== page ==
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Historic IL home of Paul Powell, the ‘Shoebox Scandal’ politician, faces sale

  • Southern Illinois political mogul Paul Powell was left with $800,000 in cash in the “shoebox scandal.”
  • Mr. Powell established a $250,000 trust that maintained his estate for more than half a century.
  • The trust that maintains Powell’s birthplace as a museum in Vienna is running dry and the house is likely to be sold.

Paul Powell, the southern Illinois political powerhouse who died with $800,000 in cash in the infamous “shoebox scandal,” often said, “The only thing worse than a defeated politician is a bankrupt politician.” Ta.

For more than half a century, a $250,000 trust set up by Mr. Powell has supported his legacy, for better or for worse. However, the records that have kept his birthplace as a museum will soon be exhausted. The fate of the house in Vienna, a town of 1,300 people about 240 miles southeast of St. Louis, is unclear, but it will likely be sold.

In keeping with President Powell’s wishes, it has been the home of the Johnson County Genealogical and Historical Society for decades, and the mansion remains as it did during the political giant’s tenure, with memorabilia littering the walls. ing.

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Maintenance costs are about $5,000 a year, but the association brought in $4,300 last year, said board member Gary Hacker, 85. Her parents were schoolmates of Powell’s, and she said she mowed lawns as a teenager in the early 1950s.

A sign for the Paul Powell House and Museum in Vienna, Illinois. The birthplace of Powell, one of Illinois’ most notorious politicians, may soon be up for sale. (AP Photo/John O’Connor, File)

“Maybe we’ll bring it to market,” Hacker said. The historical society will be relocated.

Southern Illinois was Powell’s territory for much of the mid-1900s. He brought jobs by expanding the state’s prison infrastructure to the region, funneled money and status to Southern Illinois University, and promoted pari-mutuel betting on county fairs and horse racing, which led to an increase in stakes in racetracks. It served the dual purpose of enriching Powell’s holdings.

In later years, Mr. Powell spent more time in Springfield and Chicago, but when he was home he was constantly inundated with people seeking favors. Hacker said he spent Sunday afternoons in a 1950s solarium addition where three televisions were tuned to different sports networks.

“He was very skilled at watching football, smoking cigars, and doing political business on the phone and with visitors,” Hacker said.

Democrats won the House seat in 1934 and were once elected speaker in 1949, 1959, and 1961, even though Republicans claimed a one-seat majority. His reward was a deal with Chicago Mayor Richard J. Daley that secured projects in both areas, often punctuated by another of Powell’s maxims. “I can smell the burning meat!”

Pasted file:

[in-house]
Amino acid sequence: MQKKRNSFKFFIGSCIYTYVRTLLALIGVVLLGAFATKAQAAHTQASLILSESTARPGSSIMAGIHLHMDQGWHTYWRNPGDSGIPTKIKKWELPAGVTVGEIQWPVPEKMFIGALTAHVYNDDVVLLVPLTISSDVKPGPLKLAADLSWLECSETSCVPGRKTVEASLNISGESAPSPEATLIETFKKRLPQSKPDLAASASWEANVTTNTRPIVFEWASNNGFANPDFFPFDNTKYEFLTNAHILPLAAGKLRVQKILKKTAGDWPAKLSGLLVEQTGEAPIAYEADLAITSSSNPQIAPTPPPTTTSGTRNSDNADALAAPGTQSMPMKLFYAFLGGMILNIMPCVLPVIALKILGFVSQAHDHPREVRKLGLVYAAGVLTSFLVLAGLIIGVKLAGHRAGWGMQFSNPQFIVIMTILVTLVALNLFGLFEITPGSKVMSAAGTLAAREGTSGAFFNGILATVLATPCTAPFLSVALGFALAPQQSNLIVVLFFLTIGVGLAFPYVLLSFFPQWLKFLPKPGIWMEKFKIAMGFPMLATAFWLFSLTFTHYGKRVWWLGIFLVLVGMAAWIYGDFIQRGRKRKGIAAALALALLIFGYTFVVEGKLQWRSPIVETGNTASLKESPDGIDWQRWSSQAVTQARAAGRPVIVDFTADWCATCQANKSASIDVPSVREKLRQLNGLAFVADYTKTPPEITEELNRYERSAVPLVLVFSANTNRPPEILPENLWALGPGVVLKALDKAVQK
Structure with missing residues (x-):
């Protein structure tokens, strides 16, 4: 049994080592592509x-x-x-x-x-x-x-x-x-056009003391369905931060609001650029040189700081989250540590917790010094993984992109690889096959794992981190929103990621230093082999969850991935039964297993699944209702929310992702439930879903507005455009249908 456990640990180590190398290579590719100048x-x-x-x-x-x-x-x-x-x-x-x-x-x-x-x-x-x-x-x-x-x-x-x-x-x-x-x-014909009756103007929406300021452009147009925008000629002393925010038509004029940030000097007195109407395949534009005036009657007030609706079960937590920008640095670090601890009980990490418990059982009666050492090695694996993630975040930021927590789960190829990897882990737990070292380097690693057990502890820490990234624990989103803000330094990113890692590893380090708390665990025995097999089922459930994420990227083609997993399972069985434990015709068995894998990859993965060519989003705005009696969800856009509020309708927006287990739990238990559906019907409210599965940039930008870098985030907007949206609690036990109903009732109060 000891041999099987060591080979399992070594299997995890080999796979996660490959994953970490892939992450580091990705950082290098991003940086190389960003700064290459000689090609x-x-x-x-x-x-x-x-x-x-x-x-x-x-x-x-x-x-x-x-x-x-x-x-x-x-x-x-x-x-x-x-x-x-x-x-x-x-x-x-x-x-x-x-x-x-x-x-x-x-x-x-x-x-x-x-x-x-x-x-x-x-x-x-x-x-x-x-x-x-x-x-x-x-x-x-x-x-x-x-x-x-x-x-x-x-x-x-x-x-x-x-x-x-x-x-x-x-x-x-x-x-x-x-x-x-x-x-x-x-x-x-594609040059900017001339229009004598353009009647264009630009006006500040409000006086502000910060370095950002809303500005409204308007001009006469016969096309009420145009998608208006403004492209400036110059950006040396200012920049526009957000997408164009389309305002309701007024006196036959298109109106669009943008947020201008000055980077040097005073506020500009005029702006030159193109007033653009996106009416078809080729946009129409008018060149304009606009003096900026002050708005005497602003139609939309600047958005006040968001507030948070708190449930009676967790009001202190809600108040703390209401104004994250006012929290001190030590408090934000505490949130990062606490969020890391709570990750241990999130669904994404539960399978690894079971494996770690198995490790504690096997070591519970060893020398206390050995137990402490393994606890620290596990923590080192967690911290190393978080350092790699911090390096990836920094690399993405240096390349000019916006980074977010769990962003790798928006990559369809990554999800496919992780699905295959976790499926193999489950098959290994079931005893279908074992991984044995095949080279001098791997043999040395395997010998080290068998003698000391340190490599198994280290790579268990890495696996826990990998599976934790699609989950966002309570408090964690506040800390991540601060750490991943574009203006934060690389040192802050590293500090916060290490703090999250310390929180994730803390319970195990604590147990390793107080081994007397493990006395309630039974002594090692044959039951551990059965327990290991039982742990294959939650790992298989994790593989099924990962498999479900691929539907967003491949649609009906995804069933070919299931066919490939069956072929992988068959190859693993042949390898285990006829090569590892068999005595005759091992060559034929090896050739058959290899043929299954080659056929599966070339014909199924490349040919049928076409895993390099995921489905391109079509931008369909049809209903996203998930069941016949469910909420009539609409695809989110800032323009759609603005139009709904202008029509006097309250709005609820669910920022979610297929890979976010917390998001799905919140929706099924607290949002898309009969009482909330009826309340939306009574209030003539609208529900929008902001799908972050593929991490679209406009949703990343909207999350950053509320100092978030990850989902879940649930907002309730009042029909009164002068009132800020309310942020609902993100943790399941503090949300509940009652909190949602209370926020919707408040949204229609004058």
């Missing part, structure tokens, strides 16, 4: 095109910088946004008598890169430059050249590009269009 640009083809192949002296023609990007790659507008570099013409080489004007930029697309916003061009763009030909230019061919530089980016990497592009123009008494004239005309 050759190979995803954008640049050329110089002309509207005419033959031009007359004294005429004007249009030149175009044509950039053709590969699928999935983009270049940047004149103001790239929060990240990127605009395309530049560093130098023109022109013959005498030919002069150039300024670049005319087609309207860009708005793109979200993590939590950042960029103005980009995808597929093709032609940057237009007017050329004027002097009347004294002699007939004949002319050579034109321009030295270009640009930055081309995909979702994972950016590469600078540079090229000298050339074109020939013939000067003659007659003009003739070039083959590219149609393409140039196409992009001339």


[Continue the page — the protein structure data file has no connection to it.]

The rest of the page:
Mr. Powell’s influence increased even further with his election as Secretary of State in 1964.

“When Paul Powell was an influential figure, people knew where Johnson County was,” said Carbondale attorney John Rendleman III.

Mr. Rendleman’s father, a friend of Mr. Powell and executor of his estate, has exposed one of the most outlandish political scandals in a state known for its flamboyant corruption scandals.

After Mr. Powell’s sudden death in October 1970 at the age of 68, old Rendleman was found in his suite at Springfield’s St. Nicholas Hotel, mostly stuffed in an attaché case, but at least one Marshall Field gift box. They also found $750,000 in cash stuffed inside. Another $50,000 was hidden in a Capitol office about five blocks away.

A federal investigation concluded that Mr. Powell skimmed off most of the money by giving contracts to friends with kickback terms. His estate, which was settled in 1978, was worth $4.6 million, the equivalent of $21.8 million today. He had his $1 million worth of stock in the racetrack that determined the most favorable racing days.

The IRS claimed $1.7 million and the state of Illinois claimed $230,000. Reports about other politicians holding horse racing stocks led to former Gov. Otto Kellner, then a federal appeals judge, being sent to federal prison. Future politicians were required by law to begin preparing annual reports on their economic interests.

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Hacker said the number of curious people once drawn to Powell House by the strange legend has dwindled. Even in Vienna, few people remember Mr. Powell.

“Memories last about a generation,” Rendleman said.

Hacker said about $80,000 remains in the trust. After deducting attorney fees and the value of the house, which is appraised at about $60,000, the account is empty. A court date for the trust closure has not yet been scheduled.

Phone and email messages seeking comment were left with the trustees of First Mid Bank & Trust in Mattoon.

Hacker said there’s no chance the house will remain open. One prospective buyer suggested turning his three-bedroom, approximately 1,700 square foot (160 square meter) home into a bed and breakfast.

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